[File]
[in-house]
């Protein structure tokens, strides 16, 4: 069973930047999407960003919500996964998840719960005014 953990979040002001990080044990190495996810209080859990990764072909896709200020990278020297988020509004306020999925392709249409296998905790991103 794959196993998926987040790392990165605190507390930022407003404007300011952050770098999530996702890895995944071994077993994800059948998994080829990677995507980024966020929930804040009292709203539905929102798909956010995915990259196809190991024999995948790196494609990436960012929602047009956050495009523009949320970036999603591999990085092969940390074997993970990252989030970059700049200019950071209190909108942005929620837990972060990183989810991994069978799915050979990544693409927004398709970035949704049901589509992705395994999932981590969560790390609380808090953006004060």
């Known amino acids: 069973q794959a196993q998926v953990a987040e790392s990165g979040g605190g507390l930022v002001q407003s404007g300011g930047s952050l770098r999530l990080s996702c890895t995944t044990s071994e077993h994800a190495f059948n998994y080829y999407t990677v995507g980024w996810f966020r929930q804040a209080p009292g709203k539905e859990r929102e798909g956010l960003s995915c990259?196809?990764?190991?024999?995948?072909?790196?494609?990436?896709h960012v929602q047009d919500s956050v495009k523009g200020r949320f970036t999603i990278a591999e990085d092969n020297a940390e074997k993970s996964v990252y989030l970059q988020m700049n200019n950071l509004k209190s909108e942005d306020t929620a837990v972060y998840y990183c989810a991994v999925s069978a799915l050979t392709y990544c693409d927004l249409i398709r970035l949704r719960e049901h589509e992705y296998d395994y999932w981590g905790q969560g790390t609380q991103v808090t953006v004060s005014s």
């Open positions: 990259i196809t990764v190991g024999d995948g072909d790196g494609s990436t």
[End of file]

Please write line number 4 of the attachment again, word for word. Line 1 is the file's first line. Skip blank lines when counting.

């Open positions: 990259i196809t990764v190991g024999d995948g072909d790196g494609s990436t």